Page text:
Degree Name

Education Specialist (EdS)

Semester of Degree Completion


Thesis Director

Donald W. Smitley


Since the publication of "Curriculum and Evaluation Standards for School Mathematics" by the National Council of Teachers of Mathematics in 1989, mathematics pedagogy has shifted from the standard memorization of facts and processes to concept development and application. Teachers have been encouraged to utilize manipulatives to help students bridge the gap between concrete and abstract mathematical concepts. This study was conducted to determine if grade level impacted the frequency with which manipulatives were used, to examine teacher perceptions of eleven factors associated with the frequency of utilization of math manipulatives, and to assess the perceived effect of teaching with manipulatives on the mathematics achievement of public school students in grades kindergarten through four.

The study took place during the 1997-98 school year, using a survey of kindergarten through fourth grade teachers whose schools were located in Area IV of the Regional Offices of Education, which covers east-central Illinois. Of 187 teachers who were sent a survey, 113 returned it for a response rate of 60%.

Kindergarten and first grade teachers reported using manipulatives more frequently than teachers in grades two, three, and four. Every respondent in grades kindergarten, one, and two reported using manipulatives at least once a week. Frequency of usage fell dramatically after second grade. Ninety-eight percent of teachers indicated that the use of math manipulatives had a positive impact on increasing student achievement, while 97% indicated they believed the use of manipulatives was vital to student understanding. Of the eleven factors examined, teachers perceived the following to impact the frequency with which they utilized manipulatives: the amount of time involved in teaching the lesson, the amount of time in planning the lesson, class size, classroom management issues, and the need for additional assistance during manipulative-based instruction. Seventy-five percent of teachers perceived that manipulatives were integrated into their current curriculum. Fifty-seven percent of teachers indicated that their districts provided all of the manipulatives they needed, while 54% indicated that the personal expense of providing manipulative materials did not limit their use. Ninety-two percent of administrators and 75% of parents were perceived by teachers as being supportive. Eighty-five percent of teachers indicated their level of training in using manipulatives was adequate.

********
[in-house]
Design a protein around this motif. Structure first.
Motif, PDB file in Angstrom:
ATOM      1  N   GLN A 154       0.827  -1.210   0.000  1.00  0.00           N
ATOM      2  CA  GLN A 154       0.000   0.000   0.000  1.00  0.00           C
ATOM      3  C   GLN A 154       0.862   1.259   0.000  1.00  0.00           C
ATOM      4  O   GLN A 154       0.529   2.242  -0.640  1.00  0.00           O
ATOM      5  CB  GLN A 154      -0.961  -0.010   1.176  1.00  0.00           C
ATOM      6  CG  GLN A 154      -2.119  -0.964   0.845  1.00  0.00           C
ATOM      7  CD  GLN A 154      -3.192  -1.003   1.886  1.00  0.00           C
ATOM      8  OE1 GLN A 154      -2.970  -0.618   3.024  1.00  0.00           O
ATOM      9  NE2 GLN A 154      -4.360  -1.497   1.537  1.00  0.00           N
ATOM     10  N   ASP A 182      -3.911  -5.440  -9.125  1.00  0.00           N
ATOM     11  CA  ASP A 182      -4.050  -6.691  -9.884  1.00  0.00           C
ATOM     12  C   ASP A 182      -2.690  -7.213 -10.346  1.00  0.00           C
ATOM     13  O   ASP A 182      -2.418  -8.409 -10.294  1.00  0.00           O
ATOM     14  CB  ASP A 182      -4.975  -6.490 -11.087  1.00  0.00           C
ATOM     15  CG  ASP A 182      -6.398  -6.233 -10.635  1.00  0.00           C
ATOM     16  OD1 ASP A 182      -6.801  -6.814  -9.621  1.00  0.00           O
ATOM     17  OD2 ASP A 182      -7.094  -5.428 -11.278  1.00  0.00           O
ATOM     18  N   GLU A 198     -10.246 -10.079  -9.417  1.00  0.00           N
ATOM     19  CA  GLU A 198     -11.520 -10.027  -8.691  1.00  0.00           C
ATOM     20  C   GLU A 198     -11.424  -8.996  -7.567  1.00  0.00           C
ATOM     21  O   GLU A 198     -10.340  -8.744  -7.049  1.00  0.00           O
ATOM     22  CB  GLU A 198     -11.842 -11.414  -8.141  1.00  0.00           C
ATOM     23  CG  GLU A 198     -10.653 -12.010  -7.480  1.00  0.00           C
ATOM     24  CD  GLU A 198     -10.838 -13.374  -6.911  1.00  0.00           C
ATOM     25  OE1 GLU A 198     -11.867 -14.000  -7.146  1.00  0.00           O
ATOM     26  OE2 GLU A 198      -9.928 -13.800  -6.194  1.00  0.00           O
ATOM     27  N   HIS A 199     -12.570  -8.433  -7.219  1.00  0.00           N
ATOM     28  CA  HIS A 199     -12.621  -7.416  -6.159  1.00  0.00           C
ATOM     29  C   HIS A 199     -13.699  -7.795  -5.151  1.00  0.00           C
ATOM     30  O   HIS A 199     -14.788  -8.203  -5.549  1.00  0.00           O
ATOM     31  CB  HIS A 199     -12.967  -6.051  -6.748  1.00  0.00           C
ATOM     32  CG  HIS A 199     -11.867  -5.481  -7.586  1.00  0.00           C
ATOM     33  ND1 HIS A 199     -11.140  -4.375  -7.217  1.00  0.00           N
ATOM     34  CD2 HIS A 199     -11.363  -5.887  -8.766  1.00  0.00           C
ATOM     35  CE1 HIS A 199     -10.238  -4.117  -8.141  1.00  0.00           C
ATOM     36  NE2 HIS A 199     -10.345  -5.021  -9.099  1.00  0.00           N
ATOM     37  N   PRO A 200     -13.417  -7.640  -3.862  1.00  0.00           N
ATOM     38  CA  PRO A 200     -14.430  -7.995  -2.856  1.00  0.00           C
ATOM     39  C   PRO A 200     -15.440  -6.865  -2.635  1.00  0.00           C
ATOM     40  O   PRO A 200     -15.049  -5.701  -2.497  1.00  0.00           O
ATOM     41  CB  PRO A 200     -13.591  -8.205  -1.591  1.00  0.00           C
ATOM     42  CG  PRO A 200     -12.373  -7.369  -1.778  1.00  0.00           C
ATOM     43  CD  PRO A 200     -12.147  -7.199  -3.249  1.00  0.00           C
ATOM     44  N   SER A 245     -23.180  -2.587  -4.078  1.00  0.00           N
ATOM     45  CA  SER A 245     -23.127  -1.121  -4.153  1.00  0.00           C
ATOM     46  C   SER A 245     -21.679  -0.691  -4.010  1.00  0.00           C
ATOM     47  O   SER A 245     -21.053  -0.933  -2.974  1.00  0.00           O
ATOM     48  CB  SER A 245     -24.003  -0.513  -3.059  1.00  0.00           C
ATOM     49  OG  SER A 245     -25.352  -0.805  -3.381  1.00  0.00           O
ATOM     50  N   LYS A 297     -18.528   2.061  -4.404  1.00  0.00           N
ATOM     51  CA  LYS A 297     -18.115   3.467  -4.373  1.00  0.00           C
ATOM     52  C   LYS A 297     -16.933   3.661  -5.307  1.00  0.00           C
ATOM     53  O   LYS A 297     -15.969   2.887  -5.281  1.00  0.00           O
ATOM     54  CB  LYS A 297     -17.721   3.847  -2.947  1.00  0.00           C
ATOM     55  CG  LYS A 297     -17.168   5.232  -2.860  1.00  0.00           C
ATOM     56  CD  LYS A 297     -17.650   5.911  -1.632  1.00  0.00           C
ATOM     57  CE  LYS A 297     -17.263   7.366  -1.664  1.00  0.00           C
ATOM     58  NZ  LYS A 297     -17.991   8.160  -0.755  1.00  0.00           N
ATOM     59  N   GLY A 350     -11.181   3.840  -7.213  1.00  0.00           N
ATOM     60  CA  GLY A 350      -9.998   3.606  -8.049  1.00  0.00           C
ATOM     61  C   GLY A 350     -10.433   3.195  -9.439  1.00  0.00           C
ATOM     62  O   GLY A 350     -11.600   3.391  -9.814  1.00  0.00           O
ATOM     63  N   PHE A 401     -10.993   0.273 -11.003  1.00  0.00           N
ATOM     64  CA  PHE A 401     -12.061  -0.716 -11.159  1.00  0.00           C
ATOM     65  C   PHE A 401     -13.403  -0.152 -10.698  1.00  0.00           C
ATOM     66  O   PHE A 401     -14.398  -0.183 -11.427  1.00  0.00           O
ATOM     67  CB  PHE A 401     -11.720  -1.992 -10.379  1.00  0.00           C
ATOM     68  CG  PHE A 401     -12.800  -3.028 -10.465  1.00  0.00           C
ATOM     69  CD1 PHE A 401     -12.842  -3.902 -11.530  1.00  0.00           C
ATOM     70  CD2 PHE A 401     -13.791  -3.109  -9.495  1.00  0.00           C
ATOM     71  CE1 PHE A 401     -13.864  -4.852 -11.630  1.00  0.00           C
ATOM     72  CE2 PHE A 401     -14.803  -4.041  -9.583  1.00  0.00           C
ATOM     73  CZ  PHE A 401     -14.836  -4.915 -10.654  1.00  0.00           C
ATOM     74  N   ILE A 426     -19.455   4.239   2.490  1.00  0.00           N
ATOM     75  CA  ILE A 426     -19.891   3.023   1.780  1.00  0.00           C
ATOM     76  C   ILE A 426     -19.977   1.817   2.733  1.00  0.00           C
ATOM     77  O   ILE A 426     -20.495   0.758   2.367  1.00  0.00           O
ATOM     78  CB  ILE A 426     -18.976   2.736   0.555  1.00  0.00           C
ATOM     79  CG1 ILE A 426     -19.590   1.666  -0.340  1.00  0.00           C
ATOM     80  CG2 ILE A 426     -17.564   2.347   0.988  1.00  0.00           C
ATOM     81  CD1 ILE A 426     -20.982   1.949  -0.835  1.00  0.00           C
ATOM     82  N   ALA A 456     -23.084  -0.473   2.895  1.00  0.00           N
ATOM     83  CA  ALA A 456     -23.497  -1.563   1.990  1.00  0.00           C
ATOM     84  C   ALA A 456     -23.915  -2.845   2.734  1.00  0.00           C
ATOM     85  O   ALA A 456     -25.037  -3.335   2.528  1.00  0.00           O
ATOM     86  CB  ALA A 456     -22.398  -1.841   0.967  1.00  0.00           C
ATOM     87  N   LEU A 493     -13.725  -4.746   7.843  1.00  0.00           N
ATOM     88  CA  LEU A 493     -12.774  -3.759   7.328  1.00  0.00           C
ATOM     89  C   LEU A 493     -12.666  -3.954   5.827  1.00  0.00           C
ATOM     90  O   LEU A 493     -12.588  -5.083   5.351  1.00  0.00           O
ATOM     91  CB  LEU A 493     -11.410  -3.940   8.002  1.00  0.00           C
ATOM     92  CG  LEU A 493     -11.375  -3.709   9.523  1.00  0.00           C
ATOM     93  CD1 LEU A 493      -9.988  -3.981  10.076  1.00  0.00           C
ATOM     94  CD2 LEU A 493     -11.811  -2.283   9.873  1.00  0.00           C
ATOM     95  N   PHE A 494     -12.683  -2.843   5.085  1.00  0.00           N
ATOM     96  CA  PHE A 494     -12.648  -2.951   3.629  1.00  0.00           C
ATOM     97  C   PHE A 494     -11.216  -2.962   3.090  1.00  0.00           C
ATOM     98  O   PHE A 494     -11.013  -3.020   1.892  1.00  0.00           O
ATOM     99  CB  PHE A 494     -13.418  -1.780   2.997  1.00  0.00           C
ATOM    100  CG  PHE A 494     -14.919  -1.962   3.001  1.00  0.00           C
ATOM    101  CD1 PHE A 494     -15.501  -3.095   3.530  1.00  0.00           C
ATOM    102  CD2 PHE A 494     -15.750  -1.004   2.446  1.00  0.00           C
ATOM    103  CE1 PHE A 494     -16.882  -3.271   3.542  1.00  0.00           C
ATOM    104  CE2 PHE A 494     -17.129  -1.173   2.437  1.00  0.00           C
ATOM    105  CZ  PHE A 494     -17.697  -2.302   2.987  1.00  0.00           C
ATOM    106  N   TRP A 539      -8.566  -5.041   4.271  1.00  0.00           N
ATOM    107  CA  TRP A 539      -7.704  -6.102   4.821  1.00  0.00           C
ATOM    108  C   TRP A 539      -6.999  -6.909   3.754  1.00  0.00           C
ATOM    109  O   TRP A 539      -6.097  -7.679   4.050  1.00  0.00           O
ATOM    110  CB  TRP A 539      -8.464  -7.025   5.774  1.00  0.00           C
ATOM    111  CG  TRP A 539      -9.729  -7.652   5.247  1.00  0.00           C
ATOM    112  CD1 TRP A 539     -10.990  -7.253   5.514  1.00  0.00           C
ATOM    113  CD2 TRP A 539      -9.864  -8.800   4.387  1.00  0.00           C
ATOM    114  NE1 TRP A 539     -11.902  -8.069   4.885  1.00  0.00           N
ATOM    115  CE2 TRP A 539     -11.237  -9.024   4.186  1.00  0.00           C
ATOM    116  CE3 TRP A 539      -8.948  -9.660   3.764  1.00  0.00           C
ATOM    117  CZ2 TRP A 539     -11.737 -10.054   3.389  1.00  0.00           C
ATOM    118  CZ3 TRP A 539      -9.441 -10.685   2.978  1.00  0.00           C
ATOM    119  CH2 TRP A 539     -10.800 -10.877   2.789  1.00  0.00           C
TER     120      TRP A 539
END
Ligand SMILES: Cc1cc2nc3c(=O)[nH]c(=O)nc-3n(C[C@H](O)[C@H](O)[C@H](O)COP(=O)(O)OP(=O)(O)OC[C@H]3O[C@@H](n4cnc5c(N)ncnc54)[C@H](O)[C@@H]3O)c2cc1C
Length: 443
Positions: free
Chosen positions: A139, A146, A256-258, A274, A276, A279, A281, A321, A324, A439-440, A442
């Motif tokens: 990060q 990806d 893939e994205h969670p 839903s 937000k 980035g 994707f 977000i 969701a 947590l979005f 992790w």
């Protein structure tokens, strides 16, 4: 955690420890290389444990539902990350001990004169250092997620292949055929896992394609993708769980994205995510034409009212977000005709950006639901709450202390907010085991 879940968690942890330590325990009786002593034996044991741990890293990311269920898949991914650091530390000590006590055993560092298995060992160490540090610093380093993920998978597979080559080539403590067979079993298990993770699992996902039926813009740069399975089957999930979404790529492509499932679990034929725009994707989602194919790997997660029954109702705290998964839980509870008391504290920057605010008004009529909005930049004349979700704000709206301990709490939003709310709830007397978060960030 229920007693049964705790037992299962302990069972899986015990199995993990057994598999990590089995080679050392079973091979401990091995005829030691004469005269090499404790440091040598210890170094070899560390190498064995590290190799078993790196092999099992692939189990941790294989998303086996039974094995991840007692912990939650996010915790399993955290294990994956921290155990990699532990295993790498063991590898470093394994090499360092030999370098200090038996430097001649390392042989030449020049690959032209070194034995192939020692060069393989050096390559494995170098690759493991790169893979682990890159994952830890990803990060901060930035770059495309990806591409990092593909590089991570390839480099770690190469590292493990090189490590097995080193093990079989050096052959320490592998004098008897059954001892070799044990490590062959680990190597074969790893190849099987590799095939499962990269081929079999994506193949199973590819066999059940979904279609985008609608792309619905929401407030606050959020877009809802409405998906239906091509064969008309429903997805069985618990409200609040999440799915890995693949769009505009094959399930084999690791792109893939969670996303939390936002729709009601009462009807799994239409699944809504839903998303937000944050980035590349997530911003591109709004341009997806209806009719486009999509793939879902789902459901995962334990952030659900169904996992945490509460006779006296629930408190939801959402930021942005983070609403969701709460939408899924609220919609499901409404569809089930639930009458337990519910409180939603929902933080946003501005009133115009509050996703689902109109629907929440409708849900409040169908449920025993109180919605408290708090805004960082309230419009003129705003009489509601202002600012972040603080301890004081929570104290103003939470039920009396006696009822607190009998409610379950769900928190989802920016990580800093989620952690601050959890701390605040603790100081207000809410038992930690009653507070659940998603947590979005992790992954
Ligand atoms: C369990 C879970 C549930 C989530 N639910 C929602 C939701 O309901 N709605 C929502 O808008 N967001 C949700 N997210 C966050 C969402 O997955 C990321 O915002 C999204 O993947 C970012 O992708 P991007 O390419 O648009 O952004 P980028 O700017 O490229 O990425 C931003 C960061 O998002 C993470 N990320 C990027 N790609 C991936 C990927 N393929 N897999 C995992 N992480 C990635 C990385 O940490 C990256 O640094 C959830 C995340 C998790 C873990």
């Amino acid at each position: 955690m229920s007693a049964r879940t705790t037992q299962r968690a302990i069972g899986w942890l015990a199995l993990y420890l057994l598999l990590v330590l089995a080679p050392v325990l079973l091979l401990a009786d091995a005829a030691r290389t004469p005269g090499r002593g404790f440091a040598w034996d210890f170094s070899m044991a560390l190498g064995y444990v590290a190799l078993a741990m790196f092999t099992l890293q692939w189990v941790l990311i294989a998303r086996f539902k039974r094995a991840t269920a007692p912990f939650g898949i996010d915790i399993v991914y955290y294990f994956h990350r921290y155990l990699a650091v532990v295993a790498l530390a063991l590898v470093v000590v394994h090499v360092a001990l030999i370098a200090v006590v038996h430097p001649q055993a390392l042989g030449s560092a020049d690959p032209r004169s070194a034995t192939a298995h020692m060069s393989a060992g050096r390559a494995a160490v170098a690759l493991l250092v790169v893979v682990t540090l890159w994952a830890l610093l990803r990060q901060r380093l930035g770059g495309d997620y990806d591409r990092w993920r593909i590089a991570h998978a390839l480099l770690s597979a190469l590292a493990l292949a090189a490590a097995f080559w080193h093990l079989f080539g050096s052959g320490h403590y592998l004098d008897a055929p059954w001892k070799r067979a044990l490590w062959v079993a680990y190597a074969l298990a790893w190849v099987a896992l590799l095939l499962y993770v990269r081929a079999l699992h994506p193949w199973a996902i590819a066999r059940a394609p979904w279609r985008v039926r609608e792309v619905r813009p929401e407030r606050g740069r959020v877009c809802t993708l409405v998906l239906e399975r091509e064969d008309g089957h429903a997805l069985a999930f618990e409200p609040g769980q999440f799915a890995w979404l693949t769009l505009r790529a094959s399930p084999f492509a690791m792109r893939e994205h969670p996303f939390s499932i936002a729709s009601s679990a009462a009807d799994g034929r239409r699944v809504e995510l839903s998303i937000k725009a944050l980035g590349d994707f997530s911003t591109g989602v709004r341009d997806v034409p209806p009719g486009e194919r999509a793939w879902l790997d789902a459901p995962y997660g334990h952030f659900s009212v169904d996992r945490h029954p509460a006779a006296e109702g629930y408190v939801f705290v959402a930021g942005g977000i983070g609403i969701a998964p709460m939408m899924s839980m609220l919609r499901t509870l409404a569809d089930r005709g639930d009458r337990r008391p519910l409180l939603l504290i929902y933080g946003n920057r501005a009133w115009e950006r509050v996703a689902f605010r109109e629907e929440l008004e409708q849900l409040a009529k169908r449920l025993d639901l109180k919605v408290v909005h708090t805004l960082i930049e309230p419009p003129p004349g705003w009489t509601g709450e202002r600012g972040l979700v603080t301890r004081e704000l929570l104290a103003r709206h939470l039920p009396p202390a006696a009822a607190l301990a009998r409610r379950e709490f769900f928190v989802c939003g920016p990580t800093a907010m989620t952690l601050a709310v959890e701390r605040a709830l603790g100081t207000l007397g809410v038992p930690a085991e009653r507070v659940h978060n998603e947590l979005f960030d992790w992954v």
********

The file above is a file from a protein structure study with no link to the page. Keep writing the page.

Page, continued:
Recommendations as a result of the study included establishing teacher committees to determine a minimum level of manipulatives required at each grade level, and a district commitment to provide financial resources for the basic supply; enlisting parent volunteers to assist during manipulative-based instruction; and establishing a procedure in each district by which teachers could choose to utilize a manipulative-based approach in place of the district textbook adoption. It was also recommended that further research be conducted to assess the impact of class size on the frequency of utilization, and that a study be undertaken which compares academic achievement of students who receive mathematics instruction through a manipulative-based approach to that of students instructed through the traditional, textbook driven curriculum.